The company provided misleading and incomplete information about the developments to investors, meaning people couldn’t carry out due diligence. Absolute Living Developments had no ability to ensure the terms of contracts with investors could be met and failed to provide adequate safeguards for money obtained from investors. For one of the developments, Absolute Living Developments requested completion payments from investors despite the development not being completed. And the company signed charges over Absolute Living Developments’ assets, which meant that a third party owns them and there are no remaining assets in the liquidation to pay creditors.

 

An independent insolvency practitioner has been appointed in this case to investigate recovery of assets for the benefit of creditors. The liquidator’s actions are ongoing and to date they have received claims from creditors in excess of £68 million. Ken Beasley, Official Receiver for the Insolvency Service said: This was a complex investigation, considering the amount of money that was invested, not all of the directors were based in the UK and we worked with several other authorities. We want to draw attention to these rogue directors so we can alert people about the risks involved when investing, while also warning that we will investigate and tackle those that set out to deliberately rip people off by misrepresenting the investment opportunity on offer.

 

Company details

 

Absolute Living Developments Limited (Company number: 08766275) was incorporated on 07 November 2013. The former registered office was located at Horton House, 6th Floor Exchange Flags, Liverpool L2 3PF Total liabilities are estimated to amount to £68,842,400

 

Disqualified directors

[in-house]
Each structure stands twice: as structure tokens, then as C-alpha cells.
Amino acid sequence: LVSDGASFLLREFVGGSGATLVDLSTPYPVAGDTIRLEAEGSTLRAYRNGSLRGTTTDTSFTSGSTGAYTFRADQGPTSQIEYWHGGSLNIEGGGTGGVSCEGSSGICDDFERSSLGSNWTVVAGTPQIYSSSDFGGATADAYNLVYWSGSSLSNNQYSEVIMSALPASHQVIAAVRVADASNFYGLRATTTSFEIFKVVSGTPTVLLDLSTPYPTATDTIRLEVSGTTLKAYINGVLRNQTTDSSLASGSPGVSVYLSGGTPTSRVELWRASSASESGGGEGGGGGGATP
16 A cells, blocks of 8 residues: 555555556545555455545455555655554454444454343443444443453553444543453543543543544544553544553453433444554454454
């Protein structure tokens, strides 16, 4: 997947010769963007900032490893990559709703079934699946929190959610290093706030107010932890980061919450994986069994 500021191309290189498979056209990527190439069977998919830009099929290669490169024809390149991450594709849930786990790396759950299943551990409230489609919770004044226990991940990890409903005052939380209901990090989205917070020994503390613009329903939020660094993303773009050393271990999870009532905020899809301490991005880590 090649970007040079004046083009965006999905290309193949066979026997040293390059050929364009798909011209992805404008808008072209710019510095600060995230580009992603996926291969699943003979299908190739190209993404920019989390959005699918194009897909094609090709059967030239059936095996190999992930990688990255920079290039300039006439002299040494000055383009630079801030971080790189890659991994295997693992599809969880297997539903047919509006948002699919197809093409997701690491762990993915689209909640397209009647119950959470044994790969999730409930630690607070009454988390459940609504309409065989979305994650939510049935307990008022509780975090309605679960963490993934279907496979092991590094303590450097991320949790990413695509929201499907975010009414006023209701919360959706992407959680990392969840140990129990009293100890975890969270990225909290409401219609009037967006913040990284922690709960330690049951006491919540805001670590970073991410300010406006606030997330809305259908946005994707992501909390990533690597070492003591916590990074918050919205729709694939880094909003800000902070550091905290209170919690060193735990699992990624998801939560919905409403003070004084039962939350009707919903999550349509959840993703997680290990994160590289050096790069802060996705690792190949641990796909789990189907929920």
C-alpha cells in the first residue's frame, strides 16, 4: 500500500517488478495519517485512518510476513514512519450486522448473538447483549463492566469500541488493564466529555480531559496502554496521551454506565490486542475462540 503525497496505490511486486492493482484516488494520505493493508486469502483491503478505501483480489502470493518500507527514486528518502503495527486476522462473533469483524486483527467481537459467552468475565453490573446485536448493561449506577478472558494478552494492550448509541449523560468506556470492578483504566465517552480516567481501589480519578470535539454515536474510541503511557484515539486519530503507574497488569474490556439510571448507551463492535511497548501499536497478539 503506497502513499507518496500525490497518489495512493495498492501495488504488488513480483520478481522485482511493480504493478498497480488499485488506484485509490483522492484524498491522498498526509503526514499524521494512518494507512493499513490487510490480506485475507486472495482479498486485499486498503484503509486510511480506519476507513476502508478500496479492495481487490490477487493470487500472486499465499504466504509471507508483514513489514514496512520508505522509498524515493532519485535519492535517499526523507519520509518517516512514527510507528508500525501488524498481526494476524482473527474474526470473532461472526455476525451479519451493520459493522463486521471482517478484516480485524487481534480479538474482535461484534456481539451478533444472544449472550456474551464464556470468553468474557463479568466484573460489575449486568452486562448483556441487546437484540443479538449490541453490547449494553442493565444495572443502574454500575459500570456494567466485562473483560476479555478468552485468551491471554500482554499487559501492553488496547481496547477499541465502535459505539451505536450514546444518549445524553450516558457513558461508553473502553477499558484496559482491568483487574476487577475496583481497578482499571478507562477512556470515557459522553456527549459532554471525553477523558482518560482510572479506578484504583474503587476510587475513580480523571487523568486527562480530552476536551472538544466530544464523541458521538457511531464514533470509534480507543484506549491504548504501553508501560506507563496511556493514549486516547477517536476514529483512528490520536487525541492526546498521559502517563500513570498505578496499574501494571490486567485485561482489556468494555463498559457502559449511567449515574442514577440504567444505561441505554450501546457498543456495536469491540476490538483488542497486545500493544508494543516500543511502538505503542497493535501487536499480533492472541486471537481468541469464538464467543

Kien Cheong Yew (40) from Kuala Lumpur, Malaysia. Disqualified from 29 January 2018 to 28 January 2030 (12 years) as a result of an undertaking.

 

Ameerali Bin Abas (39) from Selangor, Malaysia. Disqualified from 27 June 2018 to 26 June 2027 (9 years) as a result of an undertaking.

 

Andrea Nicole Pacquiao Pieter (30) from Selangor, Malaysia. Disqualified from 20 March 2018 to 19 March 2027 (9 years) as a result of an undertaking.

 

Adrianne Mei Kwan Nyau (40) from The Wirral. Disqualified from 14 December 2017 to 13 December 2026 (9 years) as a result of an undertaking.

 

Chi Yeun Leong (68) from Bangsar, Malaysia. Disqualified from 21 December 2017 to 20 December 2026 (9 years) as a result of an undertaking.

 

Daniel Mark Harrison (38) from Kilburn North-West London. Disqualified from 28 November 2018 to 27 November 2024 (6 years) as a result of a court order.

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  • 2 years later...

Until now, it is often possible to face fraud related to real estate. Two years ago, I bought an apartment in a house that was still under construction in Thailand. Until now, the house is not completed and construction has stopped. All this looks very suspicious and it seems to me that the house will never be completed and I will lose my investment. I decided to seek the help of private detective thailand in order for them to investigate the construction company. As a result, I learned that this is an unscrupulous company and it will be quite difficult to get my money back. I advise everyone to be careful and check the company before you buy something.